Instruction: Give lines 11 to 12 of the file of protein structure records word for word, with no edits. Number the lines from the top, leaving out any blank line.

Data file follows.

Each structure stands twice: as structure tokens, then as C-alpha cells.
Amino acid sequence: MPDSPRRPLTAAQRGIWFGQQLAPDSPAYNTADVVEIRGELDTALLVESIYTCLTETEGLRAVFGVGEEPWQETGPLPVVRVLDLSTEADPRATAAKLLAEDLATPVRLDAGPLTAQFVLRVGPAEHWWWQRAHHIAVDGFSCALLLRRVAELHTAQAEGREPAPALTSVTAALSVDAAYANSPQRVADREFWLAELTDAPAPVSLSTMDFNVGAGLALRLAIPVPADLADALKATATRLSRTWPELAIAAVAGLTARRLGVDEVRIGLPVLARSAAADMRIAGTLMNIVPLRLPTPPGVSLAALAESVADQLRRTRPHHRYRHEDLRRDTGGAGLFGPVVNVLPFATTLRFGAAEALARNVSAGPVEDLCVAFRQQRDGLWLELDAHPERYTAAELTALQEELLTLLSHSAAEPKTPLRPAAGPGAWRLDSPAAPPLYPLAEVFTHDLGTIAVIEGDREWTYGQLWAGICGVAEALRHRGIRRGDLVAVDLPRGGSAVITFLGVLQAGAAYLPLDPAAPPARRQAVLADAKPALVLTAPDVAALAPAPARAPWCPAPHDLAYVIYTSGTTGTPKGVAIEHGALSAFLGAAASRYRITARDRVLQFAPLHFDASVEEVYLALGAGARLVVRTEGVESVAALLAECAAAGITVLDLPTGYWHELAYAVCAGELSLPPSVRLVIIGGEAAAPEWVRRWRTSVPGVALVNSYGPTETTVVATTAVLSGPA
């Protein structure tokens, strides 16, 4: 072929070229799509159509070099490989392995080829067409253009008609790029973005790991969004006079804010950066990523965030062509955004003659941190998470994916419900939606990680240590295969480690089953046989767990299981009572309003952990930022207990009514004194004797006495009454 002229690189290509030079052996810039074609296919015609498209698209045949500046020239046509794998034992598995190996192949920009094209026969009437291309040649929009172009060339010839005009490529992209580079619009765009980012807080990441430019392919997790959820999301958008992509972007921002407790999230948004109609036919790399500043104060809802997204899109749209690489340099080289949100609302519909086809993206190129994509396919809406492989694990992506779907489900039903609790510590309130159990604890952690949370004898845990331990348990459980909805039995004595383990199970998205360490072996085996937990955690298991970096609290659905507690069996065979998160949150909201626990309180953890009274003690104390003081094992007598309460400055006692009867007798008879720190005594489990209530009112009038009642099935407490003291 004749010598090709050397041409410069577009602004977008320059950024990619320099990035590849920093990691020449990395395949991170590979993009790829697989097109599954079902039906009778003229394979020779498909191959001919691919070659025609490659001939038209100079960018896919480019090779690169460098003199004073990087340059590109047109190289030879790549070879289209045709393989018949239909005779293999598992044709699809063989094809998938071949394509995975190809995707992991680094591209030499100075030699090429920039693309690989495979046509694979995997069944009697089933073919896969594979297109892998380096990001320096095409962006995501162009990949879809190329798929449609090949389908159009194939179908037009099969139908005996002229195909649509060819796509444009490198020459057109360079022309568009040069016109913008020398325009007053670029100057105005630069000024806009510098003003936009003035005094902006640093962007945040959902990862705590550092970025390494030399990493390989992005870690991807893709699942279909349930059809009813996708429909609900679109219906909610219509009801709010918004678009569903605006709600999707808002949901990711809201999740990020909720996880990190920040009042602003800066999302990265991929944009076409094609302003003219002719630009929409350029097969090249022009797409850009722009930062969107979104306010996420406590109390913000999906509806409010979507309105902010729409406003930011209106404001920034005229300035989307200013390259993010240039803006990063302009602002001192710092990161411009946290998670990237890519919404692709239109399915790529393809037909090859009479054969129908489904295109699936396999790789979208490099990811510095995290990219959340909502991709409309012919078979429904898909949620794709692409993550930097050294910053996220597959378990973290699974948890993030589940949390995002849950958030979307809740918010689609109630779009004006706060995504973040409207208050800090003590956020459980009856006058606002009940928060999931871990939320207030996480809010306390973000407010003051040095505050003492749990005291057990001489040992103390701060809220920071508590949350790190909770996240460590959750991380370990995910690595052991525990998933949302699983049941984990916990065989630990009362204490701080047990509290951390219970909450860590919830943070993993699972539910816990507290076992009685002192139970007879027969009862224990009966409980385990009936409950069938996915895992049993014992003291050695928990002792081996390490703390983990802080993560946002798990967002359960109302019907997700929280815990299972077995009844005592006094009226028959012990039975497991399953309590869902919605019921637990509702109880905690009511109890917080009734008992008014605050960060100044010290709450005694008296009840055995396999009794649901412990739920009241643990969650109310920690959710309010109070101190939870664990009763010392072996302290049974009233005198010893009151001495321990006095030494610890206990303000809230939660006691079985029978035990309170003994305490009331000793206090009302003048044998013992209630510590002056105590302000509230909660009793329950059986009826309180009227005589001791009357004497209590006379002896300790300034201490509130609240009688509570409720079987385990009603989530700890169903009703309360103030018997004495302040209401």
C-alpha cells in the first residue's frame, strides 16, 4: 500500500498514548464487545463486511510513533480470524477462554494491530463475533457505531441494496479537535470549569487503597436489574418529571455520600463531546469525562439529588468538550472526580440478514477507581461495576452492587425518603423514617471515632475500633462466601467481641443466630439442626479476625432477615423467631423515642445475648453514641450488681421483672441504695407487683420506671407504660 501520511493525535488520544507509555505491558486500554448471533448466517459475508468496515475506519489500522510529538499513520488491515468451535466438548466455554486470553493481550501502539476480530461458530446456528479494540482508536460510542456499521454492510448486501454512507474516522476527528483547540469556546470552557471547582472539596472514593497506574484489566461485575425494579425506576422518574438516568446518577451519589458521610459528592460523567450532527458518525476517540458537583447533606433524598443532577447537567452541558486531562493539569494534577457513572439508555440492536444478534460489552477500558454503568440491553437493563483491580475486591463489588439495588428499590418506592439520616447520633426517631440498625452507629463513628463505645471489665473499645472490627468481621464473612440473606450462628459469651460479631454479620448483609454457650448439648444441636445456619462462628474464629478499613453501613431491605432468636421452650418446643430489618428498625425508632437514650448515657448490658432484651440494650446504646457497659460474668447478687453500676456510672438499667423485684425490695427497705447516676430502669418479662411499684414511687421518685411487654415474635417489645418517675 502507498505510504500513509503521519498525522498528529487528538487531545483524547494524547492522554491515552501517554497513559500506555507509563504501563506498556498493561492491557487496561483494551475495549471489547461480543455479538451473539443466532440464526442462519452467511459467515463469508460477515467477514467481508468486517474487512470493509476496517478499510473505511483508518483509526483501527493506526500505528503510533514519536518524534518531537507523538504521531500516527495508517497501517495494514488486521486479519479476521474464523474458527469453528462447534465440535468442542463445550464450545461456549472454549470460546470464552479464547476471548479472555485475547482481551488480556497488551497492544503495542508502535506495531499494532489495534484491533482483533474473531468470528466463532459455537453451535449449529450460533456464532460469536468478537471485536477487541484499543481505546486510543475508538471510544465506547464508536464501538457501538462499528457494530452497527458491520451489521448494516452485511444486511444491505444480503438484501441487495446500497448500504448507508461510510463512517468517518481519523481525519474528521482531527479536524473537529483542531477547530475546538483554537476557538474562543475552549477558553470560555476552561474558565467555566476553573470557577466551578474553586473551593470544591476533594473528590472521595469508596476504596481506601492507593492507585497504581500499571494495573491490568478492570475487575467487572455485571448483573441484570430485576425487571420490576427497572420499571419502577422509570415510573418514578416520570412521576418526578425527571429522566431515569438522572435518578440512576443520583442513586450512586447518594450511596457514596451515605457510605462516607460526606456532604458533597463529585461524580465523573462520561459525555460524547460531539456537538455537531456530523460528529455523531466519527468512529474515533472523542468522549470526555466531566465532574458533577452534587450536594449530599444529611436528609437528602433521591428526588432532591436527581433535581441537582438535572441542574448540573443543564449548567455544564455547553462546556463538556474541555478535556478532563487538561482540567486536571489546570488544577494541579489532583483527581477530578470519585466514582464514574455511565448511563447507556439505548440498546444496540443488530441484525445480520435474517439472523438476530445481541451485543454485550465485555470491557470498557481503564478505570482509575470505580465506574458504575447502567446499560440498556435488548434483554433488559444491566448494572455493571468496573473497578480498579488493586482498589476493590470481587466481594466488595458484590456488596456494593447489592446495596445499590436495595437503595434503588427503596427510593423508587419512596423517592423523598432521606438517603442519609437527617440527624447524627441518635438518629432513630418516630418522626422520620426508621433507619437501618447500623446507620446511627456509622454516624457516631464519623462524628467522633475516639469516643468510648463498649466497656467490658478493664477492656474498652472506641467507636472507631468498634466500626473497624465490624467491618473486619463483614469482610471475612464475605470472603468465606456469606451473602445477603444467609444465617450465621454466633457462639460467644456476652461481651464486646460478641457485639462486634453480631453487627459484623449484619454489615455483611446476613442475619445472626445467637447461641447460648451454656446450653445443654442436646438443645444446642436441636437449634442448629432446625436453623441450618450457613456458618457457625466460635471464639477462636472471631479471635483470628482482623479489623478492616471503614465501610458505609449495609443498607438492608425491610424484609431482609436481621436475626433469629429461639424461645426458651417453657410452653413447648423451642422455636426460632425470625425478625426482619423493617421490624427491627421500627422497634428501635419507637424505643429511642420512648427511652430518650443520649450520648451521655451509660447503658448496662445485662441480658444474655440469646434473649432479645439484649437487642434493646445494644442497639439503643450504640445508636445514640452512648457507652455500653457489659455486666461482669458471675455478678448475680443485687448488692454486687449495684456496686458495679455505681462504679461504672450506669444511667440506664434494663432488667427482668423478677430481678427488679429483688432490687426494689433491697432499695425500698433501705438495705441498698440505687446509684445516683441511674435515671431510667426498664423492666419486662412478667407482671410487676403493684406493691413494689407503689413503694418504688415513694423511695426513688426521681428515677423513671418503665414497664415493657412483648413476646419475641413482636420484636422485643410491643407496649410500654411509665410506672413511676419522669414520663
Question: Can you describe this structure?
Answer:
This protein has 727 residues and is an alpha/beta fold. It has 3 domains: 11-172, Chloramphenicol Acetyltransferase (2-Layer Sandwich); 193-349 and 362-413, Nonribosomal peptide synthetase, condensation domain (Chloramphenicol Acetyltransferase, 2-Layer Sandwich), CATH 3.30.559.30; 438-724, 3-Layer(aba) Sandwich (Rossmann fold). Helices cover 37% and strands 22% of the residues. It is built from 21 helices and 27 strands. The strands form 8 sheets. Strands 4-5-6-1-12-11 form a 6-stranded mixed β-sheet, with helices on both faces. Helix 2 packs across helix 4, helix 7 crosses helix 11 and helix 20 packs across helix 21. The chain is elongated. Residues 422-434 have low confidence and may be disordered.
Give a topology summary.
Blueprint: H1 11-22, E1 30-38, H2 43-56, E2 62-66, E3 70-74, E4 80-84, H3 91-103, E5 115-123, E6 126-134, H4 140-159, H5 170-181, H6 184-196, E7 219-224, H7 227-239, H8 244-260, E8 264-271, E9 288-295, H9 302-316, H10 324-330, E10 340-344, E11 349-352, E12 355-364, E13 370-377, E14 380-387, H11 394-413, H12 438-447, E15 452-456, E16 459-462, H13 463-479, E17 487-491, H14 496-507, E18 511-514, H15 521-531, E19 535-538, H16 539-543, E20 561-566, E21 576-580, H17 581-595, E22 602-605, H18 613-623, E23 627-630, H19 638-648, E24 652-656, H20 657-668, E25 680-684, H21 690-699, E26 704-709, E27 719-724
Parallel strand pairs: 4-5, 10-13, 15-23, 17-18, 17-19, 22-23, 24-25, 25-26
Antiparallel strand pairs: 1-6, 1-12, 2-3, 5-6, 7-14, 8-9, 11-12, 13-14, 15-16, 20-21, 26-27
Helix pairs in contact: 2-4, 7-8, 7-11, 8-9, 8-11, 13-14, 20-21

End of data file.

Antiparallel strand pairs: 1-6, 1-12, 2-3, 5-6, 7-14, 8-9, 11-12, 13-14, 15-16, 20-21, 26-27
Helix pairs in contact: 2-4, 7-8, 7-11, 8-9, 8-11, 13-14, 20-21